Last updated on May 13th, 2019 at 02:33 pm
Enlightened thinkers in succession planning recognize there is a relationship between strategic planning and successfully transferring a family business to the next generation.
Let me begin with a few quotes from industry pundits.
“Planning the transition and continuity of succession is the single most courageous act a leader can do.”
“Succession planning really confronts the founder with his/her own mortality. It requires getting with the kids and talking about when you will no longer be around. A lot of families don’t want to do that.”
“According to a survey conducted by the Mass Mutual Life Insurance Co., 74 percent of small business owners intending to pass on a family business to a relative don’t have a written succession plan.”
Owners can be divided into two distinct groups regarding succession planning: those who absolutely refuse to recognize the need for succession planning and those who are attuned to the need for planning.
Most business owners put off doing their plan simply because they refuse to contemplate their own mortality. They see succession planning as equivalent to planning their own wake and funeral. This perception generates a number of emotional responses, including denial, anger and depression, which can appear at different times in the planning process.
Owners also place a high value on control, which generates an emotional resistance to turning over that control to the next generation. In addition, some business owners have two problems regarding professional advice: they do not want to pay for the help they need or they get advice from a professional but then ignore it.
A well-conceived succession plan can actually spell freedom and a new type of control for the senior generation. The founder can now transition from a day-to-day management role to ensuring that the business is heading in the right direction.
To begin succession planning, the following steps must be taken:
1. Set a date for key family members and management to review the written draft.
2. Make the necessary revisions based on their feedback.
3. Include non-family members in the consultation process, e.g., an attorney, insurance agent, accountant and management consultant. This can be accomplished by forming a family advisory council.
4. The family may also elect to form a board of directors to guide them through the process of succession planning.
There are a number of important lessons that can be learned from companies that have implemented successful succession plans. Succession plans should be:
• Driven by top management.
• Focused on shared responsibility among the family members.
• Focused on future strategy and culture.
• Focused on objective multi-rater assessments (360 degree vs. 90 degree).
• Focused on development of a leadership cadre.
• Part of the overall multi-year strategic plan.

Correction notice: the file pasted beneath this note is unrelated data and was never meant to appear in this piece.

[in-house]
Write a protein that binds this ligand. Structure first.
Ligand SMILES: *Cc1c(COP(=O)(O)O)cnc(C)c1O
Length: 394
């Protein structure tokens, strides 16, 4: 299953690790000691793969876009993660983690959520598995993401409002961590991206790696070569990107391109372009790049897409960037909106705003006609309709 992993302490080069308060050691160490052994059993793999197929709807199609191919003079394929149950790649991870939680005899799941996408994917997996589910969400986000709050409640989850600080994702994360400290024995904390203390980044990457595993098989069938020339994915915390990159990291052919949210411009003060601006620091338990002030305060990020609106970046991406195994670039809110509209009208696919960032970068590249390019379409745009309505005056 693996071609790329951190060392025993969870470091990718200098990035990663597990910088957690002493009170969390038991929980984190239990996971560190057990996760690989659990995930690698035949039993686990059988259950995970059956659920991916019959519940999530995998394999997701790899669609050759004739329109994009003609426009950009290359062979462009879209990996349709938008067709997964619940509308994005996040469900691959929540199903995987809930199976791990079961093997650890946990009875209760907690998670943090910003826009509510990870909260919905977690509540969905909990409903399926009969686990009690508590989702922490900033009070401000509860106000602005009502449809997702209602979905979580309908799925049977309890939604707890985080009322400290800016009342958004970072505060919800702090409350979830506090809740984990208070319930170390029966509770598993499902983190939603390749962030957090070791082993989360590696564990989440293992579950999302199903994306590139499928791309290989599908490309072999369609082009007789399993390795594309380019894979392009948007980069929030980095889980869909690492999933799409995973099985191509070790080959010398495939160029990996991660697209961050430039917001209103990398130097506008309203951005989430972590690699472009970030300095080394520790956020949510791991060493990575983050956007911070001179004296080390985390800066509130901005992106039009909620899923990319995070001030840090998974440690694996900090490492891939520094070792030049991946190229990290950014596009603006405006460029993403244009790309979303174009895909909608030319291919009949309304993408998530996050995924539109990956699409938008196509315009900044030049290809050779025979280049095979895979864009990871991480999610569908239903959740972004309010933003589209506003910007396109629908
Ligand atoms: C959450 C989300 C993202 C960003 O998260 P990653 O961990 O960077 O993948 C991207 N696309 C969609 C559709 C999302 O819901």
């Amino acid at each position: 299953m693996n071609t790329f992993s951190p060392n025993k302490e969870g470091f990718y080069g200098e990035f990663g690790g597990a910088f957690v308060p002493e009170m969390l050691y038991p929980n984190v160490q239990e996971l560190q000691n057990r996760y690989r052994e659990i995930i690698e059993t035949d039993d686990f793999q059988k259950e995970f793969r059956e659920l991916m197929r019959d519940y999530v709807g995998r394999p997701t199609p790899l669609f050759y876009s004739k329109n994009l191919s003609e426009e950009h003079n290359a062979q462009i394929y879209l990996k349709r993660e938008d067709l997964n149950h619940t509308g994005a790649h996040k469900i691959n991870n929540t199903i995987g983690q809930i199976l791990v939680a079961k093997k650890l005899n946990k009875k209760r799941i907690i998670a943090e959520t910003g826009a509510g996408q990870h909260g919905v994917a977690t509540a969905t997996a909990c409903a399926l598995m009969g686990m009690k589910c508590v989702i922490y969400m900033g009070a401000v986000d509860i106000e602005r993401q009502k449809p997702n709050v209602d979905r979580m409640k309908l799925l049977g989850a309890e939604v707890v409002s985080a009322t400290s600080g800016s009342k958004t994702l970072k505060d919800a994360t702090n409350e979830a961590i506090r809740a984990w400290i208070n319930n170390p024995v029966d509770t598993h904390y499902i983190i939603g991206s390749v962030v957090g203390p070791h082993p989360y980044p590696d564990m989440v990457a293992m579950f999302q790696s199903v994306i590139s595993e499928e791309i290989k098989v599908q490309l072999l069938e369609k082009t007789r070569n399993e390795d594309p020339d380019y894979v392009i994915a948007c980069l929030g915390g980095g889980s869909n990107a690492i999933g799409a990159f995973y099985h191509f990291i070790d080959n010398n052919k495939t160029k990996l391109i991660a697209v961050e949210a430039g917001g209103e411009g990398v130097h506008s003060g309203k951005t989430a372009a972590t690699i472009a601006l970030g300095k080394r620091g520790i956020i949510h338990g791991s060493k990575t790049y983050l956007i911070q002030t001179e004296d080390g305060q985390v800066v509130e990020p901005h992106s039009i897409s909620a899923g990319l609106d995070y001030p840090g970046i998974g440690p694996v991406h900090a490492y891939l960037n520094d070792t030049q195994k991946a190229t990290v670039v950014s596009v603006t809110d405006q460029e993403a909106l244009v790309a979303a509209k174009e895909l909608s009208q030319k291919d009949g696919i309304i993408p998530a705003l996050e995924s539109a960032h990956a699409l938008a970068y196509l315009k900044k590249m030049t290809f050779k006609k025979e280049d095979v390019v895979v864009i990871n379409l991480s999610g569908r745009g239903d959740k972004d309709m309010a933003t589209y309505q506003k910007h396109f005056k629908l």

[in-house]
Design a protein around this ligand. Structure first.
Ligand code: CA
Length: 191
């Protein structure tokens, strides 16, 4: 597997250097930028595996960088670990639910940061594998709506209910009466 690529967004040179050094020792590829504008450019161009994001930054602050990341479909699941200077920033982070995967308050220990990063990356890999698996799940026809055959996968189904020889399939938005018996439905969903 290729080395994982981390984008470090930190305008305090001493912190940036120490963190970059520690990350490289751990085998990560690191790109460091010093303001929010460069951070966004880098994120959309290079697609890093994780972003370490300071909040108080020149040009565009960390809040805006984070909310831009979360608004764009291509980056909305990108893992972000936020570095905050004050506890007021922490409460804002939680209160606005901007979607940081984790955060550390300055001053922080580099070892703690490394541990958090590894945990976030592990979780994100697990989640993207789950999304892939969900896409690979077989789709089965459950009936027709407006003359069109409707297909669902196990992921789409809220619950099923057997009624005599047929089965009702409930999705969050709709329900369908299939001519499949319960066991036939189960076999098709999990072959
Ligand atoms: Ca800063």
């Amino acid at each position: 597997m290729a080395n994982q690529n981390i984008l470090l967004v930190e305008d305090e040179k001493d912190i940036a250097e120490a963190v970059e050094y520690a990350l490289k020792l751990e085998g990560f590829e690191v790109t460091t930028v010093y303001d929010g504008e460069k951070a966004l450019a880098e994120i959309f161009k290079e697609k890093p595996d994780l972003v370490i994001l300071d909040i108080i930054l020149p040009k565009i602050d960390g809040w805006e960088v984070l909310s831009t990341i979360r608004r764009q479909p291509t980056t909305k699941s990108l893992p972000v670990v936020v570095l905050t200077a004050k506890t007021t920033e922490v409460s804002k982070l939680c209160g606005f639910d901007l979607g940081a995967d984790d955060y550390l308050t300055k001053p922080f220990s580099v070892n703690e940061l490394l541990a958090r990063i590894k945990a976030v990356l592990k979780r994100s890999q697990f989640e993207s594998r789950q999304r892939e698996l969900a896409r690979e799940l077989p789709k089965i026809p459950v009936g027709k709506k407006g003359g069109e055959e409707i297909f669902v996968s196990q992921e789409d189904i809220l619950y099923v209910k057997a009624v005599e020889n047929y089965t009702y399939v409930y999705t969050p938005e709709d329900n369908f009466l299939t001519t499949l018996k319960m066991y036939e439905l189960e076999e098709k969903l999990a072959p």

These lessons should be a guide to the development of a succession plan. The latest research indicates that it is critical that succession planning and strategic planning be linked. The succession plan should be incorporated into the strategic plan and follow a parallel timeline.
It is especially difficult for family companies, because of the difficulties associated with getting everyone in the family to believe and support the process. Planning has to become part of every day, not something that is done once a year.
It is important to realize that the family issues and the business issues cannot be totally separated. The basic needs and desires of the family are a very powerful driver in directing the future of the business. For example, the founder may be concerned that there will not be a continuous income flow to support his retirement from an active role in the business. It would be the role of the family advisory council to isolate these financial, legal and tax issues and develop effective strategies to deal with them. The business owner is often too close to a problem to deal with it objectively.
Once the owner has made a decision as to the timing of the succession, he or she needs to inform the entire organization, especially the key employees and managers. This step will reduce concern and confusion and have a positive impact on employee morale.
The succession planning team, which would be composed of the key family and management members, could then concentrate on a smooth transition of responsibilities from
one generation to another. Each member should have clearly defined roles that will support a smooth transition of leadership.
Many family-owned firms have moved from the entrepreneurial stage to the managerial stage and need to enter into the professional stage. In this stage, strategic planning and goal-setting begin to drive the organization. It is in this stage that the business can carry on without the founder and eventually without the siblings.
The benefits of combining the succession and strategic planning processes are many. They are: easier decision making, stimulated and challenged employees, and a business that continues to flourish from generation to generation.
Cary Silverstein, MBA, is the president and CEO of Fox Point-based Strategic Management Associates LLC. He can be reached at (414) 352-5140.
June 24, 2005, Small Business Times, Milwaukee, WI